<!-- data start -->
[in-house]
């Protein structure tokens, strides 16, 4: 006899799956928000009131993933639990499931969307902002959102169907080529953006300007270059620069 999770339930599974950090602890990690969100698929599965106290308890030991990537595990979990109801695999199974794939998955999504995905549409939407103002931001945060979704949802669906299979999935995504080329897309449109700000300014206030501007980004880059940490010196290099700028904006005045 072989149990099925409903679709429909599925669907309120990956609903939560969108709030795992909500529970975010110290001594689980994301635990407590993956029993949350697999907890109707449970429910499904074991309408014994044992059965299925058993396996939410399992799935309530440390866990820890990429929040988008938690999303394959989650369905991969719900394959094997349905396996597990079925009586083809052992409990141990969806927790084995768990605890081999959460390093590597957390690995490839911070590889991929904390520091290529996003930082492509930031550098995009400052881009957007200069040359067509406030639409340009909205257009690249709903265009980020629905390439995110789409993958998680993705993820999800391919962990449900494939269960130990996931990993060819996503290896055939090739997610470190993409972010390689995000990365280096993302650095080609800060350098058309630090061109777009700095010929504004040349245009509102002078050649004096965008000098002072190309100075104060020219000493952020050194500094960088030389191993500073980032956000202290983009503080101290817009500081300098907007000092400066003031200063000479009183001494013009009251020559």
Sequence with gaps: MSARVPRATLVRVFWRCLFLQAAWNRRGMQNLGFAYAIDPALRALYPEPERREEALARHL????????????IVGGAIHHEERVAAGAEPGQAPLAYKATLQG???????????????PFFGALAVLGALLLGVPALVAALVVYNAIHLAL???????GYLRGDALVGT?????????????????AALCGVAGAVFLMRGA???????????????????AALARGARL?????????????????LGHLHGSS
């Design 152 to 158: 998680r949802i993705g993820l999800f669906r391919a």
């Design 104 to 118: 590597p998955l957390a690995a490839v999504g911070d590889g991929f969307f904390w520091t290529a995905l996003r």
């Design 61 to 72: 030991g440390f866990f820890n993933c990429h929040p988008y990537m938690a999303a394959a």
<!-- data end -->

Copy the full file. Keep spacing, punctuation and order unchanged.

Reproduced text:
[in-house]
């Protein structure tokens, strides 16, 4: 006899799956928000009131993933639990499931969307902002959102169907080529953006300007270059620069 999770339930599974950090602890990690969100698929599965106290308890030991990537595990979990109801695999199974794939998955999504995905549409939407103002931001945060979704949802669906299979999935995504080329897309449109700000300014206030501007980004880059940490010196290099700028904006005045 072989149990099925409903679709429909599925669907309120990956609903939560969108709030795992909500529970975010110290001594689980994301635990407590993956029993949350697999907890109707449970429910499904074991309408014994044992059965299925058993396996939410399992799935309530440390866990820890990429929040988008938690999303394959989650369905991969719900394959094997349905396996597990079925009586083809052992409990141990969806927790084995768990605890081999959460390093590597957390690995490839911070590889991929904390520091290529996003930082492509930031550098995009400052881009957007200069040359067509406030639409340009909205257009690249709903265009980020629905390439995110789409993958998680993705993820999800391919962990449900494939269960130990996931990993060819996503290896055939090739997610470190993409972010390689995000990365280096993302650095080609800060350098058309630090061109777009700095010929504004040349245009509102002078050649004096965008000098002072190309100075104060020219000493952020050194500094960088030389191993500073980032956000202290983009503080101290817009500081300098907007000092400066003031200063000479009183001494013009009251020559």
Sequence with gaps: MSARVPRATLVRVFWRCLFLQAAWNRRGMQNLGFAYAIDPALRALYPEPERREEALARHL????????????IVGGAIHHEERVAAGAEPGQAPLAYKATLQG???????????????PFFGALAVLGALLLGVPALVAALVVYNAIHLAL???????GYLRGDALVGT?????????????????AALCGVAGAVFLMRGA???????????????????AALARGARL?????????????????LGHLHGSS
């Design 152 to 158: 998680r949802i993705g993820l999800f669906r391919a």
């Design 104 to 118: 590597p998955l957390a690995a490839v999504g911070d590889g991929f969307f904390w520091t290529a995905l996003r």
């Design 61 to 72: 030991g440390f866990f820890n993933c990429h929040p988008y990537m938690a999303a394959a």